We Love Us Some Coin: On Grand Cayman, Designer Carl Myers Talks About His Guatamalan Centavo Mosaics

One of Carl Myers' new coin mosaics coming together on-island yesterday. The image is of Michael's wife Tamara making a funny face. It's titled "Amarat," Tamara backwards. The piece is part of a pair; the beautiful pose is coming together today. (photo credit: Michael Schwartz via iPhone)

As we close in on the home stretch to open the new restaurant in the Cayman Islands, we’re going to be blogging a lot more on the people making the transition from Miami and their roles getting the operation going. Michael was down on Monday and Tuesday this week to check in on construction.  Along went our designer, the fabulous Carl Myers, to supervise the fabrication of his coin mosaics.

As in Miami, the walls of the Cayman space (situated on The Crescent in the ‘New Town Centre’ of Camana Bay on Grand Cayman Island) will be adorned with brand spanking new shimmering portraits.  We were curious about the inspiration behind them, and how they came to be in the first place.  So we emailed Carl a few questions, and he kindly obliged.

When did you first get the idea for the coin portraits?  The ‘idea’ of creating ‘mosaic’ images came to me in the early ’90s.  An idea for a piece would be clear in my mind, but when my hands touched wood and nail or ink and paper, the vision evaporated.  I searched and searched for methods to express my ideas that seemed to be so clearly visible in my head, but nothing worked.  Finally, I needed to document a moment in my life and preserve an important image.  To this end, I made my first portrait in 2003 with a wood panel, glue and gold leaf.

How many have you completed to date? I’ve created over 50 pieces in various mediums.

How have they evolved both in terms of their look and the process of putting them together? The primary evolution of the work is the exploration and use of different materials.  I am constantly wondering if an object or found material is ‘suitable’ and interesting enough to make a new piece.

What have you learned that you didn’t know when you began? It’s not as easy as it looks! Beyond that I can’t think of anything ‘new’ I’ve learned, but I have become far more patient.

Is it important to you that they use recycled or found objects? mmmm…..no. (my bad?)

Are there layers of meaning for you in the art works beyond face value? Yes…I am very attached to the work….not because I created it….but because of who it represents…..or where I was at a certain time in my life…….Although it is nice to be able to sell pieces, it was never my intention, as I would be perfectly content to keep them.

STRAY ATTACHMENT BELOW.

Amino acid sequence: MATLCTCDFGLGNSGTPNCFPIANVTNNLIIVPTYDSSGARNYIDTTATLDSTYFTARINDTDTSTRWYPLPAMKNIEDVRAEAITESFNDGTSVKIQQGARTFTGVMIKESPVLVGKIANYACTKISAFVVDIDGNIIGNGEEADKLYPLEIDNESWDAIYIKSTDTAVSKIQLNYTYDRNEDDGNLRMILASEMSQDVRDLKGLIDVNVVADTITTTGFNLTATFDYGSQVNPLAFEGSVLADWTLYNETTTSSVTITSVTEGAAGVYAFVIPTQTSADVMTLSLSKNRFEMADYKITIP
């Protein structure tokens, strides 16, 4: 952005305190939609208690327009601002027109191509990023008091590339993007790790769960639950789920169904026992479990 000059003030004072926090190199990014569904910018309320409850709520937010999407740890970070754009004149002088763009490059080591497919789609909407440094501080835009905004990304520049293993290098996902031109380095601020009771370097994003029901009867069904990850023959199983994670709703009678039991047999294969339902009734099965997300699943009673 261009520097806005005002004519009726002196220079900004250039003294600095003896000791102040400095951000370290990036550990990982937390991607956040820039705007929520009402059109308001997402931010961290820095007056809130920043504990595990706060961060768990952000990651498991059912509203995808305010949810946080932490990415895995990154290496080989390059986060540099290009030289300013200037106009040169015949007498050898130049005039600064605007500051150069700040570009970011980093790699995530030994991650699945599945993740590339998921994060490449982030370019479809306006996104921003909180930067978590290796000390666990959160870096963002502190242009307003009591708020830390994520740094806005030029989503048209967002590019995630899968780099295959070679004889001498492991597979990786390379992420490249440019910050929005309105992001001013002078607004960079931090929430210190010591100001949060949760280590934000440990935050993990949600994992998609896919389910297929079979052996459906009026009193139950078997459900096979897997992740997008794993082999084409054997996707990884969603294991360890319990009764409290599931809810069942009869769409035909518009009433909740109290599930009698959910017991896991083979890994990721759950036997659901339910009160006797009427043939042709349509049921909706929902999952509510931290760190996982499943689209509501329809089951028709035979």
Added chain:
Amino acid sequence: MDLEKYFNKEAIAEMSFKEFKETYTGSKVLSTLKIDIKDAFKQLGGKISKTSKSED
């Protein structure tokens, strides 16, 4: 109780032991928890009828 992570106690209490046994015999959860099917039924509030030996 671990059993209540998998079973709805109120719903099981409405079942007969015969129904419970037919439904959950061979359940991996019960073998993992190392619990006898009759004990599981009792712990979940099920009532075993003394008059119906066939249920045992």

Mr. money bags. (photo credit: Michael Schwartz via iPhone)

How do you collect the coins and how long does it take to accumulate them? Funny thing……I seem to have made a ‘dent’ in the National coin supply in Guatemala.  Thankfully I have ‘friends’ at the Central Bank who have helped me locate new coins.  But there have been a few occasions when we are scrambling to collect coins for a piece.  Obviously, I prefer the ‘freshly minted coins……we don’t have to polish them.

Which currency (and denomination) are used at MGFD Miami? And what about in Grand Cayman?  Both locations use the ‘Guatemalan Nickel’ (cinco centavos).  Guatemalan currency is the ‘Quetzal’, and one USD is approximately equivalent to 7.5 Quetzales.

Why the particular people you chose to feature? I photograph living people, religious icons and sculptures.  The ‘living’ are my friends and family, people that are important to me.  Because they inspire me…or they bring inspiration to a commission…..or just because.  The ‘facsimiles’ I photograph are primarily colonial wood figures of various religious figures as Christ, the baby Jesus and The Virgin Mary.  When traveling I take thousands of photographs of museum statuary.

Describe how the pieces come together. Do you fashion them after a particular photo? Do you make a drawing first a la ‘paint by numbers’? First, I take photographs of religious icons and people.  I then pixelated and manipulate the photos by adding and/or subtracting either the figure or the ground.  It looks easy.

Carl in action! (photo credit: Michael Schwartz via iPhone)

How long do they take to make? Once I have the image finalized (and that can sometimes take years) we can produce a piece in 1 (ink on paper) to 120 (jingle bells) days, depending on the medium.

What other pieces exist elsewhere (besides the forthcoming Cayman restaurant work)?  I have collectors/commissions in Guatemala, Belgium, Switzerland, Mexico, England and the U.S. (Palm Springs, Miami, Maryland, and New York.)

Are there media other than coins that you use or would like to use in the future to fashion the images? Yes!….I have used gold and silver leaf, casino dice, straight pins, buckshot and resin, rice and beans, jingle bells, and ink on paper.  We also recently completed a ‘carpet’ made of sand, rice, beans, corn and fresh flowers for the Semana Santa processions in Antigua, Guatemala.

What makes for a good subject? any subjects that intrigue you for future portraits and why? A sparkle in the eye, a beautiful profile…. and people that I love or have yet to love.

What’s the most number of coins per piece that you’ve used per piece? The least? The coin pieces average about 8000 coins each.  I have made images with casino dice that have fewer than 1000 pieces.  The pieces made with straight pins can have over 50,000 pieces.

Who are the people making the art in the pictures Michael sent, and where on-island are they being made? They are the laborers on the job site here in Cayman.

Ever had to start over? Uh, yep…..

Ever keep a mistake?  Yes, but not for public display…..just because it makes me smile.


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